The force no GOP Presidential nominee can fight: Media

While Donald Trump is the GOP Presidential candidate, others who ran for President during the primary if nominated, would’ve faced the same thing: biased media.

It’s not even a debate anymore of how biased news media is backing the Democratic Party. Decade ago many Democrats would nash their teeth and vehemently deny it. Today, just a little smirk and shoulder shrug and they go about their way. As a conservative, I’ve accepted this premise and just patiently await the media’s collapse. Is it frustrating? Yep. Not much I can do but publish my own blog posts and recommend those who do great work.

Media Research Center had this research:

The Media Research Center analysis of 1,099 presidential election stories from January 1 to June 7 found that Trump did indeed dominate coverage, getting nearly half of the total airtime.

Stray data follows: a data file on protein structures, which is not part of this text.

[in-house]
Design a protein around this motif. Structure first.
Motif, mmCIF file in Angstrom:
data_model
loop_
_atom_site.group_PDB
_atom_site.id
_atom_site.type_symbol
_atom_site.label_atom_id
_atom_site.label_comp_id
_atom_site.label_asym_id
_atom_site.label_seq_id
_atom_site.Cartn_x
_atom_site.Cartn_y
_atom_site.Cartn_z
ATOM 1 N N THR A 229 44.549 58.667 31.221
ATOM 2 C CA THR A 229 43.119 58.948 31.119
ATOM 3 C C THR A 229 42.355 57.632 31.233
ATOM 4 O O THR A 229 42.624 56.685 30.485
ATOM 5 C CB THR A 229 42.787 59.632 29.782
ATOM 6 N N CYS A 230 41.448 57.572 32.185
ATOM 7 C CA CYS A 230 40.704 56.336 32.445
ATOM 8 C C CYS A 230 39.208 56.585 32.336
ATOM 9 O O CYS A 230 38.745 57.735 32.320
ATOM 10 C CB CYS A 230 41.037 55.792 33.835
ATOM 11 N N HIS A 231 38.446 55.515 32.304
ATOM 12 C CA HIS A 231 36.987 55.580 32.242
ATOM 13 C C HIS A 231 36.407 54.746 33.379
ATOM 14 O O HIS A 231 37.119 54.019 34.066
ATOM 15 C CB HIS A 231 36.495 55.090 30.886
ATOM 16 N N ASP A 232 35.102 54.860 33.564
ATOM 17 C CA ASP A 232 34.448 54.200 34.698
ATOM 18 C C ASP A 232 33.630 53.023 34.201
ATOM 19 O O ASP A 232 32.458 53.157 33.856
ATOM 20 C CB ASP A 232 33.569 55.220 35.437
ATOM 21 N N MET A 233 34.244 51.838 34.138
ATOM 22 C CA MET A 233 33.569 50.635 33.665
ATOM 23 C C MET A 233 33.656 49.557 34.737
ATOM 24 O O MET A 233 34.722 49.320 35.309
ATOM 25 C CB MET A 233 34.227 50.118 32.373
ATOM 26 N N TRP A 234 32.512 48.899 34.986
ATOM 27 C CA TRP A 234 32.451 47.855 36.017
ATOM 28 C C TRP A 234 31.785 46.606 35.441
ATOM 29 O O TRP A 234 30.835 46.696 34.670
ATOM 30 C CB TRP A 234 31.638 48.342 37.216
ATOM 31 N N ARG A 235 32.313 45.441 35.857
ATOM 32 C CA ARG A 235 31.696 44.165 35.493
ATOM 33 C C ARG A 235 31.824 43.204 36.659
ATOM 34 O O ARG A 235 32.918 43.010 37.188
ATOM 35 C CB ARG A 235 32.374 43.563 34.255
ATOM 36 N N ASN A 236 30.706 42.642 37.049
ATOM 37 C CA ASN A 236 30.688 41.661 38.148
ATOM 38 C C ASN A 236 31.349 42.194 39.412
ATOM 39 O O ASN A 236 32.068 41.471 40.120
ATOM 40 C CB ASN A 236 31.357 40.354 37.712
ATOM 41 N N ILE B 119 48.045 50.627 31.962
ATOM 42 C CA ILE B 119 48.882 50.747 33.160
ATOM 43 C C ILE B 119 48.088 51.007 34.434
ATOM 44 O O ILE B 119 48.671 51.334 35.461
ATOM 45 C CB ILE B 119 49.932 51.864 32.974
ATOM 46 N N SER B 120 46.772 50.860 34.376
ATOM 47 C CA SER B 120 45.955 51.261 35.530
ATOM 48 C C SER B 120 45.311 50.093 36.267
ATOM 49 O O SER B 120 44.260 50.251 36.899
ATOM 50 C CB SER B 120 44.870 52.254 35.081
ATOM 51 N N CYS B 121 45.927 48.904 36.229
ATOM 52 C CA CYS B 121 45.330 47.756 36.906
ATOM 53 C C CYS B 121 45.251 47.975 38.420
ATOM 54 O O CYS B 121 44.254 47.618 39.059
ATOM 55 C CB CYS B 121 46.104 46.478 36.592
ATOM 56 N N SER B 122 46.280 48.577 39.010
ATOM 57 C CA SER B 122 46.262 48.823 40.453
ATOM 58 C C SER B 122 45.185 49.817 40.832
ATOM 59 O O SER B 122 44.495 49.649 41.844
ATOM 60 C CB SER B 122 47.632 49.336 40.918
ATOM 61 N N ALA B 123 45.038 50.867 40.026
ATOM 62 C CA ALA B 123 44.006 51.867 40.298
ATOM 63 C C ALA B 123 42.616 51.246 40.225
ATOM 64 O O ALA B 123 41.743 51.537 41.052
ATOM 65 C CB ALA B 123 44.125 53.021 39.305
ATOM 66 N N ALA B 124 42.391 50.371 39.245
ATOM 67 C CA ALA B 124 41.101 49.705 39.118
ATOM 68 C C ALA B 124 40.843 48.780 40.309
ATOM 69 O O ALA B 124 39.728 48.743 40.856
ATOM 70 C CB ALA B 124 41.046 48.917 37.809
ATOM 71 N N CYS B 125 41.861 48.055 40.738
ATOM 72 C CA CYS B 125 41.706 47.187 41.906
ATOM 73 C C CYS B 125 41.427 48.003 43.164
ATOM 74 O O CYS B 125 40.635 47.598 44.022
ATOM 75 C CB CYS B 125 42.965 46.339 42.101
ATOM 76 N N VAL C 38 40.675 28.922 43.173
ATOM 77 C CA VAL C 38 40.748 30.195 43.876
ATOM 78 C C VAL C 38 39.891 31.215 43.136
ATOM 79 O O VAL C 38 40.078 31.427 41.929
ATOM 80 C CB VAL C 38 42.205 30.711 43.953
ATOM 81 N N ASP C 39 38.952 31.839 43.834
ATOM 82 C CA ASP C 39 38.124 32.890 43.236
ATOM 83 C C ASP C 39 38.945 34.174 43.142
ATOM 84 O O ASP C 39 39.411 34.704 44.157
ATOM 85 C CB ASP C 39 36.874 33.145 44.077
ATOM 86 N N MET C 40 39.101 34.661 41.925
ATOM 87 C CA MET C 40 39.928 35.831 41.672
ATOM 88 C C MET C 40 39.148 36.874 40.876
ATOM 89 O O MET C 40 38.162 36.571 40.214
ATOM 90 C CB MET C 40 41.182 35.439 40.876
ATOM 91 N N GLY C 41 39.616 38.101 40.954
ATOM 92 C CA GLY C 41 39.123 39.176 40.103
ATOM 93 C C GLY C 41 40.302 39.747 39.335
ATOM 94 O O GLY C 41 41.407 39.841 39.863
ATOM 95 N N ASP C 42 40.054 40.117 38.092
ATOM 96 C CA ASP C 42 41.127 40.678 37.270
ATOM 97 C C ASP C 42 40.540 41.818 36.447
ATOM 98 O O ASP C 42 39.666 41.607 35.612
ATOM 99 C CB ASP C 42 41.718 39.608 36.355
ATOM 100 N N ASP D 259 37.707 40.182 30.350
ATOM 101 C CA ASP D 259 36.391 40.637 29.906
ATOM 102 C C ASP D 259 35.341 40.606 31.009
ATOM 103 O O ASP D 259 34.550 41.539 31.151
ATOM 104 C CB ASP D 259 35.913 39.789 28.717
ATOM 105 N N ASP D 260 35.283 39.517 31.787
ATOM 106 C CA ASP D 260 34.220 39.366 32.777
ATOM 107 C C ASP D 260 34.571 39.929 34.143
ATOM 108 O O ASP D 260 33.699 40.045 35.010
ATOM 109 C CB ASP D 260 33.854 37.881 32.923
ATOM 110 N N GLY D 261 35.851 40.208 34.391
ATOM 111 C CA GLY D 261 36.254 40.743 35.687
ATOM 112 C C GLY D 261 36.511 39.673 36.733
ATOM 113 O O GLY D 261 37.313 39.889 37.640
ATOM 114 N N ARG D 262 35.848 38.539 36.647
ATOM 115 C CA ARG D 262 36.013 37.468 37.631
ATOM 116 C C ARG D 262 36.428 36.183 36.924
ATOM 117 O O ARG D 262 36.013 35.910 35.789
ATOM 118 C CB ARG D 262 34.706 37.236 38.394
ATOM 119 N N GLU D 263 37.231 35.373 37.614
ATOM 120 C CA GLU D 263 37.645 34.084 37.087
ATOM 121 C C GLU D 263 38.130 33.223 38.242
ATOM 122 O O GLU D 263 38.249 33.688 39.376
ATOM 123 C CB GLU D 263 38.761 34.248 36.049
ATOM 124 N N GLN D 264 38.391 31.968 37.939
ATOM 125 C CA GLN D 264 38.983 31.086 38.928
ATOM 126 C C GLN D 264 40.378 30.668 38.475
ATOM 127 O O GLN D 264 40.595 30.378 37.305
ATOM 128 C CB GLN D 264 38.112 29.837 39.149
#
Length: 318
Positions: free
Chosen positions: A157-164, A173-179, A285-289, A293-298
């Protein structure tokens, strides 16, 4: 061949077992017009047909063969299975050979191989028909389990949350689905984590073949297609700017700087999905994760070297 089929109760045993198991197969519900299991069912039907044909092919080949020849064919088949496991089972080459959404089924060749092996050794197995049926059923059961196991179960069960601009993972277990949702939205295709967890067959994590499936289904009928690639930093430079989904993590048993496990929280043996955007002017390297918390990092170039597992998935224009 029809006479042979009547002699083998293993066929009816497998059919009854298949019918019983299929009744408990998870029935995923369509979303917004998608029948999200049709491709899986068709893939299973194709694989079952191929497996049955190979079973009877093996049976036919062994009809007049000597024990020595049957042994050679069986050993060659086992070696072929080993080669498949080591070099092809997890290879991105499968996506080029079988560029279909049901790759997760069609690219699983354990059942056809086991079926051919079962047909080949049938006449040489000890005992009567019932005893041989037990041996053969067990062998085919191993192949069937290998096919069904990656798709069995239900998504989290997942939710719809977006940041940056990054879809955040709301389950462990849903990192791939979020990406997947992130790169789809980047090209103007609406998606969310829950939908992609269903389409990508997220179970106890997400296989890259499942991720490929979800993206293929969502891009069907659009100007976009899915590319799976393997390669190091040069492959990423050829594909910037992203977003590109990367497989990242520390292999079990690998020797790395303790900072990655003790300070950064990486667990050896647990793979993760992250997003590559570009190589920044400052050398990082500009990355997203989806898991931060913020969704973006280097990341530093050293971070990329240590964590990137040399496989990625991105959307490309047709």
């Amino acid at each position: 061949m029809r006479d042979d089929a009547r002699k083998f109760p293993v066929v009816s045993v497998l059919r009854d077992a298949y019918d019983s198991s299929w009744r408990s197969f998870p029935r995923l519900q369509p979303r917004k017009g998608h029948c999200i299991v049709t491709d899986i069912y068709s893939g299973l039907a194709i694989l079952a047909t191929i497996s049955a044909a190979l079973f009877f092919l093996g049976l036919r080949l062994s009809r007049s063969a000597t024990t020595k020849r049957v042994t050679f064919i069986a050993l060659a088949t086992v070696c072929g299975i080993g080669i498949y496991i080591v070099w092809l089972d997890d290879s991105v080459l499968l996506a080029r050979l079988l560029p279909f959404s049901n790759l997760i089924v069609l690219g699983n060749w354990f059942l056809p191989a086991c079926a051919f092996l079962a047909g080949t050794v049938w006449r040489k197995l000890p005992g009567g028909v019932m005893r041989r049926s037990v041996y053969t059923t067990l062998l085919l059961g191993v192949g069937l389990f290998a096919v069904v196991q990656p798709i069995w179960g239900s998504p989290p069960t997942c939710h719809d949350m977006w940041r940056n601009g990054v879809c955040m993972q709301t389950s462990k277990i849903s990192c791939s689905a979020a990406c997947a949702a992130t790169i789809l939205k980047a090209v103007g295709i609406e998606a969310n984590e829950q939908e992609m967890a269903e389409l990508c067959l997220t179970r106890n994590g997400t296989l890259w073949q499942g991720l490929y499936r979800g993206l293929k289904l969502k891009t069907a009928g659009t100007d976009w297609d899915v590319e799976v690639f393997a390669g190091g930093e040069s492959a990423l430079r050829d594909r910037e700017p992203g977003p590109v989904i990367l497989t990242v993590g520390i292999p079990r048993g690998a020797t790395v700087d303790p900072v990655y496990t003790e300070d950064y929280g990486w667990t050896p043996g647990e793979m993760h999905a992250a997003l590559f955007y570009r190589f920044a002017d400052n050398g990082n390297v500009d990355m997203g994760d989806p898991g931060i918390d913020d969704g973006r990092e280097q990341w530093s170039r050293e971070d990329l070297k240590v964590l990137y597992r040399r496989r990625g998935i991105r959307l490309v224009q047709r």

The report from MRC Research Director Rich Noyes found that much of that time was focused on Trump “scandals” and controversies.

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For example, the lingering questions about Clinton’s handling of the 2012 Benghazi attack drew only 77 seconds of evening news airtime from January 1 through June 7.

Bigger aspect is how news is reported. While that may sound trivial, it certainly sets a tone and can skew the message. For example, Donald Trump has been accused of being sexist and a womanizer. Yet Hillary Clinton is married to a man who was accused of rape and paid a lofty settlement because of it. How does the media report it?

And on the adultery issue, said Noyes, “Most of the network coverage was framed not around the controversy of Clinton’s actual conduct, but the notion that Trump was going too far by raising the issue of the former president’s infidelity. On the May 19 Evening News, for example, CBS’s Nancy Cordes labeled it ‘harsh’ of Trump to bring up the case of Juanita Broaddrick, who in 1999 accused Clinton of raping her in 1978.

You can read the whole article here at the Washington Examiner. It also includes another chart breaking down media coverage minutes.

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